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A Multidimensional Approach to Ascertaining Individual Differentiation and Consistency in Serial Sexual Assault: Is It Time to Redefine and Refine?

NCJ Number
253410
Date Published
Unknown
Length
21 pages
Annotation
This study empirically tested (a) the potential for effectively differentiating between rape offence crime scenes using quantitative and qualitative distinctions within the behavioral dimensions of control, violence, and sexual activity, and (b) the extent to which redefining behavioral consistency more broadly to include dynamic trajectories of behavioral change may be more effective than limiting this definition to behavioral stability.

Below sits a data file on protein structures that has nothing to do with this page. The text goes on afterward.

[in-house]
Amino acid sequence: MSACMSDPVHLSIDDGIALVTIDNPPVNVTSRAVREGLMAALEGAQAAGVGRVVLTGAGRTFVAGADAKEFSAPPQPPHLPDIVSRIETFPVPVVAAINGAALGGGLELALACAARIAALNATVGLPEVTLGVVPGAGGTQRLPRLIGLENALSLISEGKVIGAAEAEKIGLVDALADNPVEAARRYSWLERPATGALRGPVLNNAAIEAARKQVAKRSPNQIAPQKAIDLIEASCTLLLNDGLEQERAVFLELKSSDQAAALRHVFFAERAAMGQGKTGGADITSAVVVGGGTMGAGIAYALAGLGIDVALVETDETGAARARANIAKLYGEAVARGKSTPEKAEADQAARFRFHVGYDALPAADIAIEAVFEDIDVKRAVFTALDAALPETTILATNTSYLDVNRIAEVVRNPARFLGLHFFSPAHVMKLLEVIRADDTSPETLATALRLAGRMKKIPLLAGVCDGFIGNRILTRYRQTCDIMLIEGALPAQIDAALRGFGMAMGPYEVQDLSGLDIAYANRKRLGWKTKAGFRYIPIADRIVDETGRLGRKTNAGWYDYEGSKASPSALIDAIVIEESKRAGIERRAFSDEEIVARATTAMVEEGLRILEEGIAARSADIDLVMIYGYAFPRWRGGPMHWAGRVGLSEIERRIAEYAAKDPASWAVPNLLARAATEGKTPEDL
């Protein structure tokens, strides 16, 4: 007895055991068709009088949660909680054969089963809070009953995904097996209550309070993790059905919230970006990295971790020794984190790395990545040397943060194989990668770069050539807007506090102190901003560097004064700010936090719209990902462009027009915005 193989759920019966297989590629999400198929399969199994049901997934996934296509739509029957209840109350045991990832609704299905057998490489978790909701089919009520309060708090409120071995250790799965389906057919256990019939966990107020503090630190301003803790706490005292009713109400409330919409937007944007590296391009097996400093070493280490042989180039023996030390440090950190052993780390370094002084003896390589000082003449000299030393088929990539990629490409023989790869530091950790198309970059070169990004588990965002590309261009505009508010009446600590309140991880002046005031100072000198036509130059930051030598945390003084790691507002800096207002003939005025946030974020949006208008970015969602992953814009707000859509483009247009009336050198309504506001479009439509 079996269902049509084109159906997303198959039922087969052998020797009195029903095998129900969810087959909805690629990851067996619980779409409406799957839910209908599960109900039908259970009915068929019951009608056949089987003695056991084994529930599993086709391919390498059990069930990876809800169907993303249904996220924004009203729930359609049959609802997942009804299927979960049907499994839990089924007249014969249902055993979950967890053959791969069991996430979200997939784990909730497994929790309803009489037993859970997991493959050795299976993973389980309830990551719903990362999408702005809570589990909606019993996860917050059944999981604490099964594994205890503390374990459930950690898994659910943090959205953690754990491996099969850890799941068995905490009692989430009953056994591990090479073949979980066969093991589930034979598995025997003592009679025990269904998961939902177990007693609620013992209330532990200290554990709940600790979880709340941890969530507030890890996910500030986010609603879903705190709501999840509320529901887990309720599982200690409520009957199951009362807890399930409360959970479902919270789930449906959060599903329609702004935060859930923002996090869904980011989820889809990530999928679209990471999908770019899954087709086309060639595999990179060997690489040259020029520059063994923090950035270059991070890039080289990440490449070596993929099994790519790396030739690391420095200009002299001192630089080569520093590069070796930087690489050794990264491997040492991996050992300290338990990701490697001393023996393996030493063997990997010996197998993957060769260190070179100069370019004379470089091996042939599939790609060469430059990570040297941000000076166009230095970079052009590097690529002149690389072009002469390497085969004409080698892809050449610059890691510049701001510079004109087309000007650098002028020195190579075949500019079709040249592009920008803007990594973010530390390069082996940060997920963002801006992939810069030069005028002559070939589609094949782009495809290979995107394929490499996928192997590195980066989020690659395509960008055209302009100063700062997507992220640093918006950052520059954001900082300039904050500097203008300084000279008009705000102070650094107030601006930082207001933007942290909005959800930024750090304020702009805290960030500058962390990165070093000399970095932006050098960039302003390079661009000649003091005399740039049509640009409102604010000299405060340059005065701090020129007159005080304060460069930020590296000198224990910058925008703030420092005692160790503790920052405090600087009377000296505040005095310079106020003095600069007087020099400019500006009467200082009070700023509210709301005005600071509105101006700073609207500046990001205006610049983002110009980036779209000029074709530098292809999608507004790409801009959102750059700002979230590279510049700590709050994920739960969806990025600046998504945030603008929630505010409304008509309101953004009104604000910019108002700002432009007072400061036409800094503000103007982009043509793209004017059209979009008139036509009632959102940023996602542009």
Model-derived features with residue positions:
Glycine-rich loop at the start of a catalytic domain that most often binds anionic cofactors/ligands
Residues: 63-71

Abstract
Although investigative use of behavioral evidence to help link and solve serial offences has long been in use, the empirical and theoretical grounds for whether and how to use this evidence effectively have begun to emerge only in recent decades. Results of the current study confirmed that sexual offences can be successfully differentiated based on the specific degree and subtype of these behavioral dimensions present in each crime scene. The analysis of consistency and behavioral trajectories showed that although none of the offenders exhibited complete consistency across behavioral dimensions, a subsample of offenders remained fully consistent in at least one. Furthermore, of those who were not consistent, the vast majority followed an identifiable trajectory of change. Findings are discussed in the context of psychological theories of behavioral consistency as well as practical aspects of advancing the utility of behavioral linkage. (publisher abstract modified)
Date Created: January 28, 2021